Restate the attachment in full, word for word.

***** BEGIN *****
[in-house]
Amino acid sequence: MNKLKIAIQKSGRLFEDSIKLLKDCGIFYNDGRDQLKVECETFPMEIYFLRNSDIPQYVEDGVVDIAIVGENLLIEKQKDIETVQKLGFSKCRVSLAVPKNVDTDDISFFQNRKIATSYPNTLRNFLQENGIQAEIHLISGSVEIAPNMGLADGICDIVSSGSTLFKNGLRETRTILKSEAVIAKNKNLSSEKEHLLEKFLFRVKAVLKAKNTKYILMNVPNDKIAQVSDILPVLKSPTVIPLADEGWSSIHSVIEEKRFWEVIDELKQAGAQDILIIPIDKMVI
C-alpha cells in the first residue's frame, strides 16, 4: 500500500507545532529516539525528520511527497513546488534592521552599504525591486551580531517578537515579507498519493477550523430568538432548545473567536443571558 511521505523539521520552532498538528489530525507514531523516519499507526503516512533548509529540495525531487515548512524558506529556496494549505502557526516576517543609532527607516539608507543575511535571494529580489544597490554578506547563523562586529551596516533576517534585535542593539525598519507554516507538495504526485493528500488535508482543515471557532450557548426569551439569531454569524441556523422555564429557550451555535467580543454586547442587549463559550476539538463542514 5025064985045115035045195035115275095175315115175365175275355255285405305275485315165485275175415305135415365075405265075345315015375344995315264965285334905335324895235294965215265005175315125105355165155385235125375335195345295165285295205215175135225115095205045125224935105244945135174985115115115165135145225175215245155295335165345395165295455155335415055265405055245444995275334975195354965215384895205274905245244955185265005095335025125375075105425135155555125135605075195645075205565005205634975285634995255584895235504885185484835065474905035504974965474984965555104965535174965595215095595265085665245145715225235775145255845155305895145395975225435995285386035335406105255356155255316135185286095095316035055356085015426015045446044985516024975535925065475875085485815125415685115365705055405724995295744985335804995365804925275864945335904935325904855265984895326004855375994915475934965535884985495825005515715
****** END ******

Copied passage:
[in-house]
Amino acid sequence: MNKLKIAIQKSGRLFEDSIKLLKDCGIFYNDGRDQLKVECETFPMEIYFLRNSDIPQYVEDGVVDIAIVGENLLIEKQKDIETVQKLGFSKCRVSLAVPKNVDTDDISFFQNRKIATSYPNTLRNFLQENGIQAEIHLISGSVEIAPNMGLADGICDIVSSGSTLFKNGLRETRTILKSEAVIAKNKNLSSEKEHLLEKFLFRVKAVLKAKNTKYILMNVPNDKIAQVSDILPVLKSPTVIPLADEGWSSIHSVIEEKRFWEVIDELKQAGAQDILIIPIDKMVI
C-alpha cells in the first residue's frame, strides 16, 4: 500500500507545532529516539525528520511527497513546488534592521552599504525591486551580531517578537515579507498519493477550523430568538432548545473567536443571558 511521505523539521520552532498538528489530525507514531523516519499507526503516512533548509529540495525531487515548512524558506529556496494549505502557526516576517543609532527607516539608507543575511535571494529580489544597490554578506547563523562586529551596516533576517534585535542593539525598519507554516507538495504526485493528500488535508482543515471557532450557548426569551439569531454569524441556523422555564429557550451555535467580543454586547442587549463559550476539538463542514 5025064985045115035045195035115275095175315115175365175275355255285405305275485315165485275175415305135415365075405265075345315015375344995315264965285334905335324895235294965215265005175315125105355165155385235125375335195345295165285295205215175135225115095205045125224935105244945135174985115115115165135145225175215245155295335165345395165295455155335415055265405055245444995275334975195354965215384895205274905245244955185265005095335025125375075105425135155555125135605075195645075205565005205634975285634995255584895235504885185484835065474905035504974965474984965555104965535174965595215095595265085665245145715225235775145255845155305895145395975225435995285386035335406105255356155255316135185286095095316035055356085015426015045446044985516024975535925065475875085485815125415685115365705055405724995295744985335804995365804925275864945335904935325904855265984895326004855375994915475934965535884985495825005515715